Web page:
The feasibility of coiling or clipping was assessed by the senior author (AN) and the endovascular team. Treatment decision was based on the location and morphology of the aneurysms, neurological condition of the patient, medical comorbidities, risks involved and finally, on the basis of the patient and family preferences. Intraoperative aneurysm occlusion was assessed by the visual examination in all cases, intraoperative angiography in a few cases and with infrared indocyanine green video angiography (ICGA) during the latter part of the series. Postoperative angiography was obtained whenever the patient developed vasospasm or a new neurological deficit. In patients in the endovascular group, aneurysm obliteration was assessed at the end of the procedure. Obliteration was considered complete (no residual filling) and residual neck (minor aneurysm neck) during control angiography.

Modified Rankin scale (mRS) [12] was used to measure the outcome at the time of admission and at first follow up. Patients with mRS scores 0, 1, and 2 were grouped as having favorable outcome, those with mRS scores 4 and 5 were considered as having bad outcomes and an mRS score of 6 was considered as mortality. Postoperative infarct was defined as any hypo density on CT scan corresponding to the specific vascular distribution. At discharge, patients were grouped into four categories depending on the disposition of the patient to home, home with assistance, rehabilitation, or skilled nursing care. Patients in whom all clinical, radiological, operative, and follow up data was not available were excluded from the study.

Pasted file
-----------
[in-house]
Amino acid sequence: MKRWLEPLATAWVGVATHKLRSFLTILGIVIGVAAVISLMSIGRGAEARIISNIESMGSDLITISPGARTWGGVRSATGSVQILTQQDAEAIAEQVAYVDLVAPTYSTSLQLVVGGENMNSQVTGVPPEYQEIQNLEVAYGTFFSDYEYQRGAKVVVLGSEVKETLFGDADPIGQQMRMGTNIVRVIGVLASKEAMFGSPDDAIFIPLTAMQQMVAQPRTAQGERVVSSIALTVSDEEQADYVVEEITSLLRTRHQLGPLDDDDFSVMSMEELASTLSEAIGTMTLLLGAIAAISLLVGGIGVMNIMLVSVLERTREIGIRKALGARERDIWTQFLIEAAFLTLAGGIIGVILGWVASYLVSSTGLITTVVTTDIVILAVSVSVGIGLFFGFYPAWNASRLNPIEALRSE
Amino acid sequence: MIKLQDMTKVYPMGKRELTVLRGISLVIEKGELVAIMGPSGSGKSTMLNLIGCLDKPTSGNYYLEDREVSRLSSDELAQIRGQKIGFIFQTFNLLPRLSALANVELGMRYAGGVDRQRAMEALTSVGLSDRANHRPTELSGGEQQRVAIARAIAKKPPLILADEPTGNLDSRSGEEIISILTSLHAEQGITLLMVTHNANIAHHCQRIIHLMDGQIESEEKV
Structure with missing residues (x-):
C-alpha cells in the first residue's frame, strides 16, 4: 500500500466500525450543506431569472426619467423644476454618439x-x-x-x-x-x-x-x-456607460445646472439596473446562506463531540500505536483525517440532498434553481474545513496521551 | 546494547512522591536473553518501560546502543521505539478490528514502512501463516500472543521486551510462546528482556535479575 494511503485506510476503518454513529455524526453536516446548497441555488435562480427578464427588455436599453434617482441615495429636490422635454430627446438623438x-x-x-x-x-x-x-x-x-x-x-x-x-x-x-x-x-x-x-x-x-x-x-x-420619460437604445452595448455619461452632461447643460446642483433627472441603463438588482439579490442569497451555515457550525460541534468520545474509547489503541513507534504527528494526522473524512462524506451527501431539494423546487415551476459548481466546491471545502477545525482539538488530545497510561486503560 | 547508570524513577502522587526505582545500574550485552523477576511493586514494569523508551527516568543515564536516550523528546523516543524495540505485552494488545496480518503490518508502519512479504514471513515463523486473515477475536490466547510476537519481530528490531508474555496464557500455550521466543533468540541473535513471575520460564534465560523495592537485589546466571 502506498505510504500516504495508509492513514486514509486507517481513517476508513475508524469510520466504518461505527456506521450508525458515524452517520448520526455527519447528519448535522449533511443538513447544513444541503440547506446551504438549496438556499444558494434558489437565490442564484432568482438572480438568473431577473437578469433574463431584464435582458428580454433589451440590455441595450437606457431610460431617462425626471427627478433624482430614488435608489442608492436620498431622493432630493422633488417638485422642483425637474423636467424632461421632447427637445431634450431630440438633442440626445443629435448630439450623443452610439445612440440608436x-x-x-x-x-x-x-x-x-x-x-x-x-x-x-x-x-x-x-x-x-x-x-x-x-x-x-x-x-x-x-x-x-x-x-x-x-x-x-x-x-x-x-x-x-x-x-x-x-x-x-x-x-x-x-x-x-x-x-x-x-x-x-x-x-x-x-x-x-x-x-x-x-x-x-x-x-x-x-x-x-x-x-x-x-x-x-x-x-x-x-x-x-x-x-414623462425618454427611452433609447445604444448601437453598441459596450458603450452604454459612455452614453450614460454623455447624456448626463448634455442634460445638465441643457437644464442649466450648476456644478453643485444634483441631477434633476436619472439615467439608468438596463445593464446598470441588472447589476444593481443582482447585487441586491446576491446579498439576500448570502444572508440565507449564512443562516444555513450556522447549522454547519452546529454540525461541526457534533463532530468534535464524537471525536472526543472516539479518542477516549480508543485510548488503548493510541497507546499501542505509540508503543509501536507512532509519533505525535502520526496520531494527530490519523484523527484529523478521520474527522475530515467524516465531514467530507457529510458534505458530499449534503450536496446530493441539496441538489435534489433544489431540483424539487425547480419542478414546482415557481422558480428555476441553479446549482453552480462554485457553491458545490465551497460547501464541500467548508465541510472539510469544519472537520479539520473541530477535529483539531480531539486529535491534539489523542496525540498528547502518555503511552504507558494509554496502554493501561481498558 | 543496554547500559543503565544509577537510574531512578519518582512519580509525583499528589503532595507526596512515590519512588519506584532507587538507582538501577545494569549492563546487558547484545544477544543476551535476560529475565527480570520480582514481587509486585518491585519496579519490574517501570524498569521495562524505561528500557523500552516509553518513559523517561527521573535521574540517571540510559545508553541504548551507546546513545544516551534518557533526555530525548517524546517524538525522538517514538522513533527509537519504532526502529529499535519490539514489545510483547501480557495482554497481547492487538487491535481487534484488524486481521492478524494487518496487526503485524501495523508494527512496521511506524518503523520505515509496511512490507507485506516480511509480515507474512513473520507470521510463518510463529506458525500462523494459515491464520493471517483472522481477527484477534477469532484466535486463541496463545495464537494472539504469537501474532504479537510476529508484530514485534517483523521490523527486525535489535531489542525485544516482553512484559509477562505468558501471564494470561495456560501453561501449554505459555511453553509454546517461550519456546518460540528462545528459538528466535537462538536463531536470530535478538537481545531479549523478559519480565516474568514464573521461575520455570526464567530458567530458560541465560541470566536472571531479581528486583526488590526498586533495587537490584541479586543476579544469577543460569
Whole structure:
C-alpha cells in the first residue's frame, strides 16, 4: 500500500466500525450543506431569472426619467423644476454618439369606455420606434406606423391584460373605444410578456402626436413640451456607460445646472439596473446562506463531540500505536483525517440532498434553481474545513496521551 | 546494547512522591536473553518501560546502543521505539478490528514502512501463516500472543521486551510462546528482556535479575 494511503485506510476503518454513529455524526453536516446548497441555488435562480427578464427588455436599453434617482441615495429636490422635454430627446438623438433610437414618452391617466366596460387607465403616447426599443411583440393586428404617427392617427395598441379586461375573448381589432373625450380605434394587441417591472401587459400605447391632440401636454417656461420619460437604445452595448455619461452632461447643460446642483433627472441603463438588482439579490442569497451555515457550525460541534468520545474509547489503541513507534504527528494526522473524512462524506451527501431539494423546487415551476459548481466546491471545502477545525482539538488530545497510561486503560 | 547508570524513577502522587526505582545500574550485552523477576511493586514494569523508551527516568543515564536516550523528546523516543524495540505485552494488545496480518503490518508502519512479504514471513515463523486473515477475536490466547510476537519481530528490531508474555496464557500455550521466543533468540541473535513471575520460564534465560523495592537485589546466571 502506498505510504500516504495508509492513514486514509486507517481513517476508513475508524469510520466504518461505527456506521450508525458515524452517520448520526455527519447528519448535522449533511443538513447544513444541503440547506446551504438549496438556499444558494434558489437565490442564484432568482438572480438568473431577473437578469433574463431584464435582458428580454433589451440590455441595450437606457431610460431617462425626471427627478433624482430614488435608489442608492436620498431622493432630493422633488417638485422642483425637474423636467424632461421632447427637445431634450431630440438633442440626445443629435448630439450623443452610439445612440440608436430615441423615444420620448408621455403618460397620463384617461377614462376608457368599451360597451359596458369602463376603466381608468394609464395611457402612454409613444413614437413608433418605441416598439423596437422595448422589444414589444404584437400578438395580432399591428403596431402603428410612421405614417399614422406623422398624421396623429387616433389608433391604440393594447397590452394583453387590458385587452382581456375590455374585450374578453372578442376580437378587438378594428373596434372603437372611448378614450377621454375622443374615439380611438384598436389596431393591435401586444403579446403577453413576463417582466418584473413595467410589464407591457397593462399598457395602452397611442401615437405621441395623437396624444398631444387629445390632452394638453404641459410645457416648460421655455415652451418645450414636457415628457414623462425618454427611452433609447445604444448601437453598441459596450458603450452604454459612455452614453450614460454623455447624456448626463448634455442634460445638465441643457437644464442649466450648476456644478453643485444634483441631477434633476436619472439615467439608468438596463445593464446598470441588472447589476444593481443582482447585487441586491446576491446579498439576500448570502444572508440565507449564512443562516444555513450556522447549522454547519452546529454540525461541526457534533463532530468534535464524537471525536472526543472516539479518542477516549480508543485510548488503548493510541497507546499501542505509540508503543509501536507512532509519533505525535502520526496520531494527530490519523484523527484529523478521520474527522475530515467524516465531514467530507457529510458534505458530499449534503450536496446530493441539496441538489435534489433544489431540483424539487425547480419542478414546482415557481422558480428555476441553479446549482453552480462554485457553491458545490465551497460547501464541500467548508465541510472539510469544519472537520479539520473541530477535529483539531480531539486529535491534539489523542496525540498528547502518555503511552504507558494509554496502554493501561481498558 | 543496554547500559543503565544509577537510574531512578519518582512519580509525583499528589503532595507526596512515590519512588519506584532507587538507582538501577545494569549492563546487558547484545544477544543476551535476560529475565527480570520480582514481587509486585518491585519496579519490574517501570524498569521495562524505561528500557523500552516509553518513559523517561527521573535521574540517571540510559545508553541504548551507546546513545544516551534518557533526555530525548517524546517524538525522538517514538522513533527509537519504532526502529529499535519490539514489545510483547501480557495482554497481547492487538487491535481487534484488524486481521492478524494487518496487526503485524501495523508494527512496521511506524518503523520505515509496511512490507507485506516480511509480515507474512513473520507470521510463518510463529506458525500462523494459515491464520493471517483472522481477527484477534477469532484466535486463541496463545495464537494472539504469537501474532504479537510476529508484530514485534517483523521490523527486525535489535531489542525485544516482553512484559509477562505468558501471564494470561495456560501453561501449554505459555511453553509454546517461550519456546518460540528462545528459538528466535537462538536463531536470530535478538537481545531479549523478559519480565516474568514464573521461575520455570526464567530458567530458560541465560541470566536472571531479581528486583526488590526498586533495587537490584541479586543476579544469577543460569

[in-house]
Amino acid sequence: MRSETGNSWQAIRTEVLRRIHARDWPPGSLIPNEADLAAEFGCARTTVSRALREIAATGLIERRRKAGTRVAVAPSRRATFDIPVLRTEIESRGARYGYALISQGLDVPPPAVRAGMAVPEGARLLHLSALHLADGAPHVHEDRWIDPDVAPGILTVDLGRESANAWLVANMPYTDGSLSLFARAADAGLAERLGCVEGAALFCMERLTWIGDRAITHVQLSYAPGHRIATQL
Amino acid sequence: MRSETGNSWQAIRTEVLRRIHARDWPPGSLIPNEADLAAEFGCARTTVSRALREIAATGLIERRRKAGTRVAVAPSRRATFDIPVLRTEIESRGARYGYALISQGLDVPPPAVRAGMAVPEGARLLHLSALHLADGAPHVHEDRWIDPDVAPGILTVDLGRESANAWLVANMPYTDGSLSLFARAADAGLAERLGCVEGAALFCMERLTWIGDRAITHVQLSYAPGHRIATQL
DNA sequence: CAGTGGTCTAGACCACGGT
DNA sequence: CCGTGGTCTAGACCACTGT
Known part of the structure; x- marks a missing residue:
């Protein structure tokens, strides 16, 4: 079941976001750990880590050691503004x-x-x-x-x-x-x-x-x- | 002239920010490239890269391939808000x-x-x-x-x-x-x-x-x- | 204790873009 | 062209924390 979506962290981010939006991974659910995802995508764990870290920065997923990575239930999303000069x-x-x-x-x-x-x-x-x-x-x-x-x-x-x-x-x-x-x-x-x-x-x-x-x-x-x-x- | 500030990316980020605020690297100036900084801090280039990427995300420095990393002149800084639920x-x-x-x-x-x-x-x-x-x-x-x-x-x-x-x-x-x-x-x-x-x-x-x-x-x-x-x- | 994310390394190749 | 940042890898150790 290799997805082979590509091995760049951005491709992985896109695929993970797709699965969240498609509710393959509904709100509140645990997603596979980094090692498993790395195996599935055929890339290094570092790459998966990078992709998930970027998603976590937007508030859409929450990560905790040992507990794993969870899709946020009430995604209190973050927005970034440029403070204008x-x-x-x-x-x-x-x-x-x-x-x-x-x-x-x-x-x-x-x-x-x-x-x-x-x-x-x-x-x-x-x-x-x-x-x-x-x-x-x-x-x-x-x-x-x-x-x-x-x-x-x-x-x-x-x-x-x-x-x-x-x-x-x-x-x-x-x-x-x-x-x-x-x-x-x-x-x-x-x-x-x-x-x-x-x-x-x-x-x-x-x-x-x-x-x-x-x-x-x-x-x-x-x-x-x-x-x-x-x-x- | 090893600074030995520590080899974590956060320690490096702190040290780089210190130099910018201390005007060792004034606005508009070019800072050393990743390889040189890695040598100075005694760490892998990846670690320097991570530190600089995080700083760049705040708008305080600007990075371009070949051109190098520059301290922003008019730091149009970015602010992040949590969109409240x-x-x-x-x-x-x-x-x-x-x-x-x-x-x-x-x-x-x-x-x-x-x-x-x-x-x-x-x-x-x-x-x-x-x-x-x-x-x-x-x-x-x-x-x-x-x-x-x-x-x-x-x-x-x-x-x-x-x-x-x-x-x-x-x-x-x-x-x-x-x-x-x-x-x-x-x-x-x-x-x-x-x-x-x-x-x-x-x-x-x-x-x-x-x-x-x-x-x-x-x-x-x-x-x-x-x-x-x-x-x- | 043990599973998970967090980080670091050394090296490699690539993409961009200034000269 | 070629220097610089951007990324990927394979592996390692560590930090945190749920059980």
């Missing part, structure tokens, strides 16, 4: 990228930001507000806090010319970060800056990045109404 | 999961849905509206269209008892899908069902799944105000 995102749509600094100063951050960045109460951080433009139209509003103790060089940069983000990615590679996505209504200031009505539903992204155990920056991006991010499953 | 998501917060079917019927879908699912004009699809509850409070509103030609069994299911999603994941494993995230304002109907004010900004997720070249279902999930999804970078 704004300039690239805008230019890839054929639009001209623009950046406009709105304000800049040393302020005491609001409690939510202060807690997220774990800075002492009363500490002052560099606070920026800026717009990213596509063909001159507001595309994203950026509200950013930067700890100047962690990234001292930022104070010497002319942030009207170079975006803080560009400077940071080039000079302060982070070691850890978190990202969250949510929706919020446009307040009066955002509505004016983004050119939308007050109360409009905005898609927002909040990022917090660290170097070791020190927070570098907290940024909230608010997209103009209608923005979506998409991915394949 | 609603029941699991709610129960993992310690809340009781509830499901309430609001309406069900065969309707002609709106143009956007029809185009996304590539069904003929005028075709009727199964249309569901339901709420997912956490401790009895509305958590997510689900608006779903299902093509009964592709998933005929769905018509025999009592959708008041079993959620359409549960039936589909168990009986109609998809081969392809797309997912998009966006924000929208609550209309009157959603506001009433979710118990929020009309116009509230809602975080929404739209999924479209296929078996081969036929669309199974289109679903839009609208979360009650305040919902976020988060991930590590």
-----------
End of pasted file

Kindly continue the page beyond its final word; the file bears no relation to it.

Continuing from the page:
Statistical analysis

Statistical analysis was carried out using SPSS v20 (IBM, Inc) and Microsoft Excel. The outcome difference between two groups was analyzed using Pearson's Chi-square test. Comparisons between the clipping and coiling groups were also made using Fisher exact test to generate an odds ratio and P value for the odds ratio. Comparisons were considered significant only if the P < 0.05. Univariate analysis was used to identify the covariates, which might affect the outcome. Binary logistic regression analysis and Pearson's bivariate analysis were done to identify the independent predictors of poor outcome.


 » Results Top


From 2007 to 2012, 79 aneurysms were clipped in 74 patients. There were three patients with two and one patient with three aneurysms who were clipped in a single sitting. A total of 81 aneurysms were coiled in 66 patients, 7 patients with 2, and 4 patients with 3 aneurysms were coiled simultaneously.

Patient and aneurysm characteristics